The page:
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  6. I agree with much of your opinion on evolution, history and religion. Additionally, to piggy-back on your observation on how people claim royalty: I define that as over-compensation.

    It does not make it right, but when a people have been collectively written out of history they often feel compelled to over-exaggerate their ties to the past.

    You state:

    "I also didn't get into what you consider to be a "black" African, since it is likely that Egyptians were the same tone they are today, give or take a shade. Then again, they could have been much darker."

    Just as America skin tone has changed drastically in the last 500 hundred years (from the Native American to European to European/African to our current browning of America trend). Ancient Nile Valley civilizations -- including Egypt and Nubia -- have experienced drastic skin tone changes in their 10,000 to 15,000 years of existence.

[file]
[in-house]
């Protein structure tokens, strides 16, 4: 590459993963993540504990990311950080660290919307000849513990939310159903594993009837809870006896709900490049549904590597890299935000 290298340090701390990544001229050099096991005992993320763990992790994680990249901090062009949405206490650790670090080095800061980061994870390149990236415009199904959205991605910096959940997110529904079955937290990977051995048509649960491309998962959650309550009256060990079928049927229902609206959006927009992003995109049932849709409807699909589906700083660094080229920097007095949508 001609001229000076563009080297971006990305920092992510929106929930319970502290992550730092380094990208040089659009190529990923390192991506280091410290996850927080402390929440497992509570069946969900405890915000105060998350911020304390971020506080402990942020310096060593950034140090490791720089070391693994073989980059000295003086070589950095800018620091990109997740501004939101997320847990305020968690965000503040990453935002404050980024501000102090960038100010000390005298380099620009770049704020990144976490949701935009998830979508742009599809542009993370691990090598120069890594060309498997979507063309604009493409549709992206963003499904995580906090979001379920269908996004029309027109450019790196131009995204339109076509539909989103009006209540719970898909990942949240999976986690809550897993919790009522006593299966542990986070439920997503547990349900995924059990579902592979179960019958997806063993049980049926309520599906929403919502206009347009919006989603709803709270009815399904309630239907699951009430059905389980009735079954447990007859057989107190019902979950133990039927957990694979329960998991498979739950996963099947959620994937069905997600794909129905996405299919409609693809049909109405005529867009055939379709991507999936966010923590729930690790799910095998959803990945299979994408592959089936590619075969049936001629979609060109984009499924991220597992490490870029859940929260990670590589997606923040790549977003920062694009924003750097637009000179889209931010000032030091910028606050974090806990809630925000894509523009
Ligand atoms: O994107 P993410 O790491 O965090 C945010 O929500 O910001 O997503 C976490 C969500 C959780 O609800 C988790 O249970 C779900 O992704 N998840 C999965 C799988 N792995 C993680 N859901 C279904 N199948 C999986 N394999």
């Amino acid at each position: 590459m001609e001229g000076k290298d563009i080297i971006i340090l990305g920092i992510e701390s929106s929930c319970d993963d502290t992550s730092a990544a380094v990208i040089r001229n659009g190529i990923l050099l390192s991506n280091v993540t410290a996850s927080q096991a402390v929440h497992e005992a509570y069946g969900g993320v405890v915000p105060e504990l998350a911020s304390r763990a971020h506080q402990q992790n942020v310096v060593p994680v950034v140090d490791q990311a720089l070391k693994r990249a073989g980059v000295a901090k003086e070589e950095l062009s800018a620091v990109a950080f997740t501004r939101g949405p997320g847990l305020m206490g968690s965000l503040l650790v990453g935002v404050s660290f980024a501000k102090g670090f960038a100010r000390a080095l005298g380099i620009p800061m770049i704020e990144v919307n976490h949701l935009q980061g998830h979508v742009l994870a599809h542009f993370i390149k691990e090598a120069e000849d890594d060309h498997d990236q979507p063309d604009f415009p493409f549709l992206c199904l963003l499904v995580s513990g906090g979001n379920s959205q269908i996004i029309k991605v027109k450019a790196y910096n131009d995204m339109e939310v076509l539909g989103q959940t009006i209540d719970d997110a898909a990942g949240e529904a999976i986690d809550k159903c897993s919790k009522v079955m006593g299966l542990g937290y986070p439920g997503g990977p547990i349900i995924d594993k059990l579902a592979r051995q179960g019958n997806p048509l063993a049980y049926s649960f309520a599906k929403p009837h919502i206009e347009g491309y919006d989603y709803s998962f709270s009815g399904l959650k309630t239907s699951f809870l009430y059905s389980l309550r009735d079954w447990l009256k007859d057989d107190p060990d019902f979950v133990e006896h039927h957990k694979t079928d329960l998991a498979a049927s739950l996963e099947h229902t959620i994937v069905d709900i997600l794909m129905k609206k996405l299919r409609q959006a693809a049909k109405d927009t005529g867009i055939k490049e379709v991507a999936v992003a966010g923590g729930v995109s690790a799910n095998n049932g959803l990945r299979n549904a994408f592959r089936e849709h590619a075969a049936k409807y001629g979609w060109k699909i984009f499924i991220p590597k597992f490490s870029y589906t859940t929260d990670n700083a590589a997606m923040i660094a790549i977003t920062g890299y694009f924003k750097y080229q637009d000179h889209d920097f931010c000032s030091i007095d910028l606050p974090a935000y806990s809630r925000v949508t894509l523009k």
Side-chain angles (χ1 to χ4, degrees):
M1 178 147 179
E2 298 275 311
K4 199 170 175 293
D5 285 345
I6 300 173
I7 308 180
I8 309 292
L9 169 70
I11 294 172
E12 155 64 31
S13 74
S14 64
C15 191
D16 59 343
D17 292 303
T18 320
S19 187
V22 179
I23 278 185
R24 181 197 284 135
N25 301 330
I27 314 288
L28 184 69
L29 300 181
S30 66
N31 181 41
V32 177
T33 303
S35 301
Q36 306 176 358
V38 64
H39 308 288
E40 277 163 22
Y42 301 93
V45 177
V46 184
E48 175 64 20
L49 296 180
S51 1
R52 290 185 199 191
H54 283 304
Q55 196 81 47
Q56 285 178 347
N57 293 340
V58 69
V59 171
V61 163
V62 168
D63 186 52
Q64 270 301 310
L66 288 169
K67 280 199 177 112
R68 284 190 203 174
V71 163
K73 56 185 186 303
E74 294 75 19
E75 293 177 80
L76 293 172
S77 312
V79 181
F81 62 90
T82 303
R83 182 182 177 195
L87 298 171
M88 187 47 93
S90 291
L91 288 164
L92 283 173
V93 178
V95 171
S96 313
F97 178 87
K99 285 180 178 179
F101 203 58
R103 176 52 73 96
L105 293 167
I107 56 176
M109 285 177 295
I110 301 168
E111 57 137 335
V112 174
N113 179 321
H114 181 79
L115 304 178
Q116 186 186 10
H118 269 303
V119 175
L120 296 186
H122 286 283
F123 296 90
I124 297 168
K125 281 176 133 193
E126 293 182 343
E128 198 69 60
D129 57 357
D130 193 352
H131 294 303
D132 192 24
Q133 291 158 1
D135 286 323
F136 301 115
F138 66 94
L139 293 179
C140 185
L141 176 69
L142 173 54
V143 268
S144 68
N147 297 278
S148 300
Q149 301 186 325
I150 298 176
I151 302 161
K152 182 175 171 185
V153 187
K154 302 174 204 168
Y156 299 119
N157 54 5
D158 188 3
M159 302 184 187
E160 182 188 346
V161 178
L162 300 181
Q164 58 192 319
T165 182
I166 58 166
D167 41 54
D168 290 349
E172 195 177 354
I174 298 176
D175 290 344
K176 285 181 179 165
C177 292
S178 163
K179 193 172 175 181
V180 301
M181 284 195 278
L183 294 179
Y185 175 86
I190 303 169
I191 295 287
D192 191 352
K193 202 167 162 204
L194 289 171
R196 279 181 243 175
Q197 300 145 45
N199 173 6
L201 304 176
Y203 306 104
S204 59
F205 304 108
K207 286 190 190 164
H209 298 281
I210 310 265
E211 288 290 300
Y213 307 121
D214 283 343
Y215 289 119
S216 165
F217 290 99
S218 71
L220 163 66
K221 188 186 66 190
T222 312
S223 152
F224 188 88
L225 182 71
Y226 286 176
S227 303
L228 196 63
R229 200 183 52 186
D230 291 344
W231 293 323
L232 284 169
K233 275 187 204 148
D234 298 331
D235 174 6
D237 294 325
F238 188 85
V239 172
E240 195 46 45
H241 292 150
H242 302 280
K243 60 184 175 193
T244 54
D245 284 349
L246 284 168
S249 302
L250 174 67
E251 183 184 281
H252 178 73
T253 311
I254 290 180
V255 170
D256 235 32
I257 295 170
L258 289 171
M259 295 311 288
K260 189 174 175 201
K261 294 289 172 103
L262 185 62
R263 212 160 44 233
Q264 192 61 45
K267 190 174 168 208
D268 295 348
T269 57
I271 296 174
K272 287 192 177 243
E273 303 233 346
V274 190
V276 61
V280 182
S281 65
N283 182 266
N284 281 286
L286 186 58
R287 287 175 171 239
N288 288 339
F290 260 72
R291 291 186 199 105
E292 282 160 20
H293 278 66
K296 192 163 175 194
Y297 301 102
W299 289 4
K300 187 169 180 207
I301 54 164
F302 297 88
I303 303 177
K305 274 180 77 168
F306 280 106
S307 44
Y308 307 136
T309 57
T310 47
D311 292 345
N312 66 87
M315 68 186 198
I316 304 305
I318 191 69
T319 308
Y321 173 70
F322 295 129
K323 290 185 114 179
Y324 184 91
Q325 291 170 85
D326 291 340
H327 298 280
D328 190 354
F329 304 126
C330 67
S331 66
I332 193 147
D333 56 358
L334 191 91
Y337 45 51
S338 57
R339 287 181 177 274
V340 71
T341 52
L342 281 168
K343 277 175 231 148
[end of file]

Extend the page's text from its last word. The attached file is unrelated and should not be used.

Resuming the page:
Modern science is telling us, as the Northern regions invading the Nile Valley many of the indigenous people retreated south and north. In fact, many experts have theorize that the Dogon tribe of Mali came from Egypt.

    Watch this video: http://www.youtube.com/watch?v=oT9-XIHsjec

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  7. My bad: I mean the indigenous people retreated south and west. The attacks came from Libya, Sinai, Canaanite, Hyksos, Romans, French etc. So, one can see over thousands of years how the current skin tone came.

    Post Script: The Islamic conquest of Egypt did not happen until circa 616 AD...once again, this is thousands and thousands of years after the genesis of this great empire.